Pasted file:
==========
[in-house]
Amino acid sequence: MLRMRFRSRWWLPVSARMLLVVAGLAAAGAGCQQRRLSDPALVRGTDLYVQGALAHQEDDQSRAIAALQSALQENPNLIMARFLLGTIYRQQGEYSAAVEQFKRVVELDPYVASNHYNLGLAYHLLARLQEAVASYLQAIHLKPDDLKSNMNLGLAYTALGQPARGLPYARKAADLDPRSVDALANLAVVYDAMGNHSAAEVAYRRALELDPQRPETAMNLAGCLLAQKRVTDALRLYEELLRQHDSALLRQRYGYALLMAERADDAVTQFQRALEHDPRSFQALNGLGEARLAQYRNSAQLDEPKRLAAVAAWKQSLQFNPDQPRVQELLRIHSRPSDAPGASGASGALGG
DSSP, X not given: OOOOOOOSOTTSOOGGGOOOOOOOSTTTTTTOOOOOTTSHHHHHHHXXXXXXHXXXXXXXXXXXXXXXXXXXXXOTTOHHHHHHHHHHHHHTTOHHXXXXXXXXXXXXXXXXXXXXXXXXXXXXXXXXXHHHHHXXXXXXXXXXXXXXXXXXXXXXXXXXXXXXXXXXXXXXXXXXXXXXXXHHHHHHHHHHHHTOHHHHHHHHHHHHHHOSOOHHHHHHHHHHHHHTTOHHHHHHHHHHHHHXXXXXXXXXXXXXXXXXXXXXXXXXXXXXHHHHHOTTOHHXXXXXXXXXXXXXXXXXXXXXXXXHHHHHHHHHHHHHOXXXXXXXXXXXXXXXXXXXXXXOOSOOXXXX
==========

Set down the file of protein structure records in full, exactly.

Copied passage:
[in-house]
Amino acid sequence: MLRMRFRSRWWLPVSARMLLVVAGLAAAGAGCQQRRLSDPALVRGTDLYVQGALAHQEDDQSRAIAALQSALQENPNLIMARFLLGTIYRQQGEYSAAVEQFKRVVELDPYVASNHYNLGLAYHLLARLQEAVASYLQAIHLKPDDLKSNMNLGLAYTALGQPARGLPYARKAADLDPRSVDALANLAVVYDAMGNHSAAEVAYRRALELDPQRPETAMNLAGCLLAQKRVTDALRLYEELLRQHDSALLRQRYGYALLMAERADDAVTQFQRALEHDPRSFQALNGLGEARLAQYRNSAQLDEPKRLAAVAAWKQSLQFNPDQPRVQELLRIHSRPSDAPGASGASGALGG
DSSP, X not given: OOOOOOOSOTTSOOGGGOOOOOOOSTTTTTTOOOOOTTSHHHHHHHXXXXXXHXXXXXXXXXXXXXXXXXXXXXOTTOHHHHHHHHHHHHHTTOHHXXXXXXXXXXXXXXXXXXXXXXXXXXXXXXXXXHHHHHXXXXXXXXXXXXXXXXXXXXXXXXXXXXXXXXXXXXXXXXXXXXXXXXHHHHHHHHHHHHTOHHHHHHHHHHHHHHOSOOHHHHHHHHHHHHHTTOHHHHHHHHHHHHHXXXXXXXXXXXXXXXXXXXXXXXXXXXXXHHHHHOTTOHHXXXXXXXXXXXXXXXXXXXXXXXXHHHHHHHHHHHHHOXXXXXXXXXXXXXXXXXXXXXXOOSOOXXXX